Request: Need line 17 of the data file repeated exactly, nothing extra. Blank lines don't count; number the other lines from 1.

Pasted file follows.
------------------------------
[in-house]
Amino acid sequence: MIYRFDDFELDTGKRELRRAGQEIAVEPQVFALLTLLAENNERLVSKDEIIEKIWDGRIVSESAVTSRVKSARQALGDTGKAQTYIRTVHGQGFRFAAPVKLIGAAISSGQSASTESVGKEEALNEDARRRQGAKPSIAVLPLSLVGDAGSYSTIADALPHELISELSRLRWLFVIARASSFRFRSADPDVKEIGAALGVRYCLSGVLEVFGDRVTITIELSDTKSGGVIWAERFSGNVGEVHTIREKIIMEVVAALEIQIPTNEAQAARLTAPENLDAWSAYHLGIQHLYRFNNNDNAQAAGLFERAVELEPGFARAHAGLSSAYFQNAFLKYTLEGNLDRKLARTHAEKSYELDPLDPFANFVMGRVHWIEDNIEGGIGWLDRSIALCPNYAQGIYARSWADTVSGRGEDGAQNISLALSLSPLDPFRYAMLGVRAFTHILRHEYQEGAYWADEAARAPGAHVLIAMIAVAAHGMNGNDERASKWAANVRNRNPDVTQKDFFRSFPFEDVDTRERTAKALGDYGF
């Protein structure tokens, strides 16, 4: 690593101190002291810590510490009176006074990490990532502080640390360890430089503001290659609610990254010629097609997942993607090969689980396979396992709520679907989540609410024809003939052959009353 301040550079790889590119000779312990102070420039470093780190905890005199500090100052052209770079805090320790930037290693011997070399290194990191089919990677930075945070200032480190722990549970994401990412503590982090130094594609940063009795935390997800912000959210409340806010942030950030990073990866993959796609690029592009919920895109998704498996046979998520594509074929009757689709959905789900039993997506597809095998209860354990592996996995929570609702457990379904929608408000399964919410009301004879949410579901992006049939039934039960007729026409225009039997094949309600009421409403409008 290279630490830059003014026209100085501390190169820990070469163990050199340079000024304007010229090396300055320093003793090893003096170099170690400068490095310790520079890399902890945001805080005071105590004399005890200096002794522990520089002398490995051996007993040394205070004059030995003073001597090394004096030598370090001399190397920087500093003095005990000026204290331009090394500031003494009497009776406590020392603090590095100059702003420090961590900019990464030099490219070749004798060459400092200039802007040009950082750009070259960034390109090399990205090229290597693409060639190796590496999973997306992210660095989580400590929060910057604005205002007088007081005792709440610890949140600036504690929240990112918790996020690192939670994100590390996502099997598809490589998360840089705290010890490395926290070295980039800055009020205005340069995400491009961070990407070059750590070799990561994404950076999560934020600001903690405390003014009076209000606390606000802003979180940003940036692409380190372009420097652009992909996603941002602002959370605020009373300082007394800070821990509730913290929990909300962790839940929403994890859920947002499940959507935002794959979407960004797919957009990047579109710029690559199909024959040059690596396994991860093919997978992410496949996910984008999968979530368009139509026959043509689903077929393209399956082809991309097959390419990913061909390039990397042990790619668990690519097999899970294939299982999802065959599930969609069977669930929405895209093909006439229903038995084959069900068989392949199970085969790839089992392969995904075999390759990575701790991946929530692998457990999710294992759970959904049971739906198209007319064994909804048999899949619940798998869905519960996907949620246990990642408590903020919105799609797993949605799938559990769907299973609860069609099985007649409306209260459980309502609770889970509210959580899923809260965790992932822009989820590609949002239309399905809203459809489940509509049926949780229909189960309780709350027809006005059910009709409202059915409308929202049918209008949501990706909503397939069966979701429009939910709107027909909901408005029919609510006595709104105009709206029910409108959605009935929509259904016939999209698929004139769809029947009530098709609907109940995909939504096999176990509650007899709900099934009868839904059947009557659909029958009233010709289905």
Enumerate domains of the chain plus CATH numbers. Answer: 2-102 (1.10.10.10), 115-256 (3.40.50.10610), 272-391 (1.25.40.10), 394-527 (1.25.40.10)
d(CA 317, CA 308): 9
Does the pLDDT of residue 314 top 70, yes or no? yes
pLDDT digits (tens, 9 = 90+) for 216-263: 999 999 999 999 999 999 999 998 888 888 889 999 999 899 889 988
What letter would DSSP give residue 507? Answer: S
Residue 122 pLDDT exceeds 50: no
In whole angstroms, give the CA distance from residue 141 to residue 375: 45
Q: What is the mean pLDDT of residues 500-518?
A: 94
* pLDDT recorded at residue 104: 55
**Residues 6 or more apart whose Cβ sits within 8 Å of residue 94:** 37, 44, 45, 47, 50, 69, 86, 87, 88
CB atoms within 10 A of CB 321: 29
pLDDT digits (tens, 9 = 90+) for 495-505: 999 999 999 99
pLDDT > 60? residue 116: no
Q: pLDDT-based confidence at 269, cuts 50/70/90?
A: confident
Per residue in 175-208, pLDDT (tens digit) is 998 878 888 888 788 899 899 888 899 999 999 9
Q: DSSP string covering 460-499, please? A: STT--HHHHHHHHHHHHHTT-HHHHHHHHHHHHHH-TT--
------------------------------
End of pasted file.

pLDDT > 60? residue 116: no